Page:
My house was built (circa 1925) around the original furnace. It had its own little room sunk about four feet below ground level right in the middle of the crawlspace. Fortunately, they built a full-size access door and stairway to it. And they put in a sump pump to keep it mostly dry. It is sort of like a basement but not really. It feels more like an old root cellar. We use it to store old paint cans and ladders and such. Anyway, yes, old houses have interesting features.
Mapmaker
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Re: purchasing new furnace tips

Post by Mapmaker »

I don’t know anything about furnaces, but the pros on this forum are helpful if you post the question.
https://www.houzz.com/discussions/heati ... nditioning
cadreamer2015
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Re: purchasing new furnace tips

Post by cadreamer2015 »

Removal of Asbestos would cost $850.
At that price I would do it in a flash, after making sure the folks doing the removal were appropriately qualified (not just folks picked up outside Home Depot with no protective gear).
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Topic Author
sil2017
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Re: purchasing new furnace tips

Post by sil2017 »

sorry just the ducts with the asbestos in the attic for $850
brianH
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Re: purchasing new furnace tips

Post by brianH »

You might want to seriously consider a heat pump instead of the gas furnace. It seems to me that SoCal would be the perfect place to use a HP, because it doesn't get that cold (i.e. the HP can easily provide enough heat) and you'd also get AC with it. Numbers will vary with utility rates and average temperatures, but around Philly, I once calculated that a modern heat pump is still cheaper to run than a gas furnace (even given how dirt cheap gas is) until about 40-45 degrees. I would think SoCal doesn't get much below that.

A more future looking benefit of the HP is moving to a totally-electric house. You'd be able to get rid of the monthly gas meter charge, and if/when solar makes sense, you'd really save some money on utilities.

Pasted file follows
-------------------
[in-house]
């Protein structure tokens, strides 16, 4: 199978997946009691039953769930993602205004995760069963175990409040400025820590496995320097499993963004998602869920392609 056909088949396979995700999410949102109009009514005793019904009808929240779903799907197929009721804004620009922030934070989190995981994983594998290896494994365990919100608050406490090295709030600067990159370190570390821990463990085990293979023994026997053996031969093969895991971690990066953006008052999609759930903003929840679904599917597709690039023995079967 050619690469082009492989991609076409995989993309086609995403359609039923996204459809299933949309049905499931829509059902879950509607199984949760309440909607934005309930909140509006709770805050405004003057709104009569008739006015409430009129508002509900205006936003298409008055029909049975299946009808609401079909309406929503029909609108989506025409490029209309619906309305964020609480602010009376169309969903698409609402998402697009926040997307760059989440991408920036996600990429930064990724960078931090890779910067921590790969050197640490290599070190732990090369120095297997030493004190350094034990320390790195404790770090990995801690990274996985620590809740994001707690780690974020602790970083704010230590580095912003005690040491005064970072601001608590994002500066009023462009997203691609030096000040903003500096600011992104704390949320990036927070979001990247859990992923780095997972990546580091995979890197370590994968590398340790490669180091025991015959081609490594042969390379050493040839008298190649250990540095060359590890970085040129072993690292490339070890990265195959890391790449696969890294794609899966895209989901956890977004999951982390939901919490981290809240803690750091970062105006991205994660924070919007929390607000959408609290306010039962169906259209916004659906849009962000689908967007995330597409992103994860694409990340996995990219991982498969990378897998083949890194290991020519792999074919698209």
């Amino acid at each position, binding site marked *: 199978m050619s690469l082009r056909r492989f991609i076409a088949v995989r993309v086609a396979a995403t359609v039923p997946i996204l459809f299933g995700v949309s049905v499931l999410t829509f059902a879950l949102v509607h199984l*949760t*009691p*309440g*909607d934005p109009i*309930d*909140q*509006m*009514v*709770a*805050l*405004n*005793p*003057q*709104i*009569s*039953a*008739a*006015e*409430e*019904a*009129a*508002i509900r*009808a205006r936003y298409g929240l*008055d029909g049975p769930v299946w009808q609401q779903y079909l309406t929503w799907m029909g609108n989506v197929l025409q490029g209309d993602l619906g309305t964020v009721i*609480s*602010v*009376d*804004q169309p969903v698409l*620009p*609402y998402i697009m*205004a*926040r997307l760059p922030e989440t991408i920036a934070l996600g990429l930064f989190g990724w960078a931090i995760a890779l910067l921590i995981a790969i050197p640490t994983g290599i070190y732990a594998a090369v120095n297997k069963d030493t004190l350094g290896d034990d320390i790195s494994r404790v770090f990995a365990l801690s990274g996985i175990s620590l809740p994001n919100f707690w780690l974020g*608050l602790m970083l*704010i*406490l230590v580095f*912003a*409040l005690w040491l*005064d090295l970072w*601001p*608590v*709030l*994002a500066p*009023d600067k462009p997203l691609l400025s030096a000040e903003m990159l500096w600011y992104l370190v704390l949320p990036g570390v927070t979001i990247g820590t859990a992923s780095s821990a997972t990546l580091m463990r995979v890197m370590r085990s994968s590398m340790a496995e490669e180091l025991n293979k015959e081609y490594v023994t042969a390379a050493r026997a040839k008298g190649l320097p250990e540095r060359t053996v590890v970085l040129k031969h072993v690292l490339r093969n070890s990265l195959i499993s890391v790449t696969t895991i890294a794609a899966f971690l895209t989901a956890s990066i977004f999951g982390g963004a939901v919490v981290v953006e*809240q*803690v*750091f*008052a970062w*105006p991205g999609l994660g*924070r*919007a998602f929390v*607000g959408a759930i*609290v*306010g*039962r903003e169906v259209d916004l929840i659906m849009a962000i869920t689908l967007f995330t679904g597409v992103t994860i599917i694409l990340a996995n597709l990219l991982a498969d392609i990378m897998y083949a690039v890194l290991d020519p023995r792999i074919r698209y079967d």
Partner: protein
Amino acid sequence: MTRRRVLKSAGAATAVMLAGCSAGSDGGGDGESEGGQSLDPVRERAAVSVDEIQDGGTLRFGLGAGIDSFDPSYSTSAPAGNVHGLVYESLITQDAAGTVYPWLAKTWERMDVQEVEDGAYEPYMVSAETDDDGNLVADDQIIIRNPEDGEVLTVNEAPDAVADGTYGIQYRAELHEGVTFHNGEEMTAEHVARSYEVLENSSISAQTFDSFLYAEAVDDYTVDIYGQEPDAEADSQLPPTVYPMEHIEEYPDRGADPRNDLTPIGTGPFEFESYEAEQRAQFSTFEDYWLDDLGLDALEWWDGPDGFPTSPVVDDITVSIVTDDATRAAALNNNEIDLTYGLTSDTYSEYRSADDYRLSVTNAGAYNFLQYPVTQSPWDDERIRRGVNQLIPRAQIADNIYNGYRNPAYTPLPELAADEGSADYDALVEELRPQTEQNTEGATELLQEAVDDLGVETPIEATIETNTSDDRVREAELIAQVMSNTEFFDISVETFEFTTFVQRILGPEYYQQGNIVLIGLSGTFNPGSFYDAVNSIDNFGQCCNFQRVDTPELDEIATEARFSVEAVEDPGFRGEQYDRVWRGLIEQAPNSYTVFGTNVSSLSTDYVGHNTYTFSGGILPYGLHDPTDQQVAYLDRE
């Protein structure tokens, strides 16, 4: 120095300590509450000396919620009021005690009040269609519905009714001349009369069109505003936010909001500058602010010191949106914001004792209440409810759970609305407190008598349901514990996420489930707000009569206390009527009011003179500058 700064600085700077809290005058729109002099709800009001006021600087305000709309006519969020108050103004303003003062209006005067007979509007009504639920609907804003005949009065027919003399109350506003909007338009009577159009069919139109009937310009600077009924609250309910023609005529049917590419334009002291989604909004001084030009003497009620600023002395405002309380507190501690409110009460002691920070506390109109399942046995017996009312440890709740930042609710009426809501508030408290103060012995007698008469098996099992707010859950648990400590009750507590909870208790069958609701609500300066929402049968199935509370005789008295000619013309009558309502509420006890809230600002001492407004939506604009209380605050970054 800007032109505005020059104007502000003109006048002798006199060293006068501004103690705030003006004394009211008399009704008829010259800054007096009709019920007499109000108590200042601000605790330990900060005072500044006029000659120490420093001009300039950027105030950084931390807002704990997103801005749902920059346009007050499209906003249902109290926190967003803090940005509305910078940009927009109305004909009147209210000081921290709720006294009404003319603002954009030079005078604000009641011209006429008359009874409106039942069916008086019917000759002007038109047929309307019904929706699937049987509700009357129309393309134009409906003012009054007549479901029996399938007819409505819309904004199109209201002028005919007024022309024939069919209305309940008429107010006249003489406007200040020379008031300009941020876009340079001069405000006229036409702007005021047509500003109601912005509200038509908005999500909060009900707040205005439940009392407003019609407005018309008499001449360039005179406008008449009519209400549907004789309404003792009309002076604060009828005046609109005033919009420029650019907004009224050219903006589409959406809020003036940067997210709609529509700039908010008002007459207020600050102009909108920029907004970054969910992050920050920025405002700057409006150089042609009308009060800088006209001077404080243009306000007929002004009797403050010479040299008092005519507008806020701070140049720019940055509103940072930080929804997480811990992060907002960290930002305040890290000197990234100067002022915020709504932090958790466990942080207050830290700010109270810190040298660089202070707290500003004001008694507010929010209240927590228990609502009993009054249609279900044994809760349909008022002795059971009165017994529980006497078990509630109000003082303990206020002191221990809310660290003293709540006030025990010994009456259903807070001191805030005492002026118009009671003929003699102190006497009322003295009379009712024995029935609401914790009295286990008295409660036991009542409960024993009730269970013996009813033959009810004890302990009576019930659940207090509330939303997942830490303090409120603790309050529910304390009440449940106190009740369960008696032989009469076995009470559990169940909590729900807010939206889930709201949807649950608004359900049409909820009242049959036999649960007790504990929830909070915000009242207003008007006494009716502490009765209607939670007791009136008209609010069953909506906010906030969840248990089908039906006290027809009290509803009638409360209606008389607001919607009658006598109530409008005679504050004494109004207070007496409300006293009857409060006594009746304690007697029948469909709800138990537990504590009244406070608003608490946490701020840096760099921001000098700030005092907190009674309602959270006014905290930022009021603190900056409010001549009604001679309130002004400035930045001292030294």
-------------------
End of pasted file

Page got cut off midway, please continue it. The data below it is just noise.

renue74
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Re: purchasing new furnace tips

Post by renue74 »

I'm in the camp of...you'll only need it sparingly, so don't buy premium, but do get a good brand.

Lenox, Trane, etc. are good.

Goodman is not good.

Around here, you can get a good forced air (natural gas) furnace for about $2500 installed. If it's just the furnace.

I would have the furnace/air handler in the attic for easy access. There may be some electrical requirements. My furnace required a 20 amp circuit, with the 12/2 wire having a on/off switch right next to the furnace junction box. I also had to pay for some natural gas pipe leading to the attic.

Get a Nest, Ecobee, or some other type of internet thermostat. In addition to doing a good job tracking energy use, you can turn on/off from anywhere.
Rupert
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Re: purchasing new furnace tips

Post by Rupert »

sil2017 wrote: Wed Feb 20, 2019 2:02 pm sorry just the ducts with the asbestos in the attic for $850
Did this quote come from the HVAC guy, who likely isn't licensed to remove or dispose of asbestos, or an asbestos abatement company, that is licensed to remove and dispose of asbestos? You do not want to skimp on removing asbestos.
gtd98765
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Re: purchasing new furnace tips

Post by gtd98765 »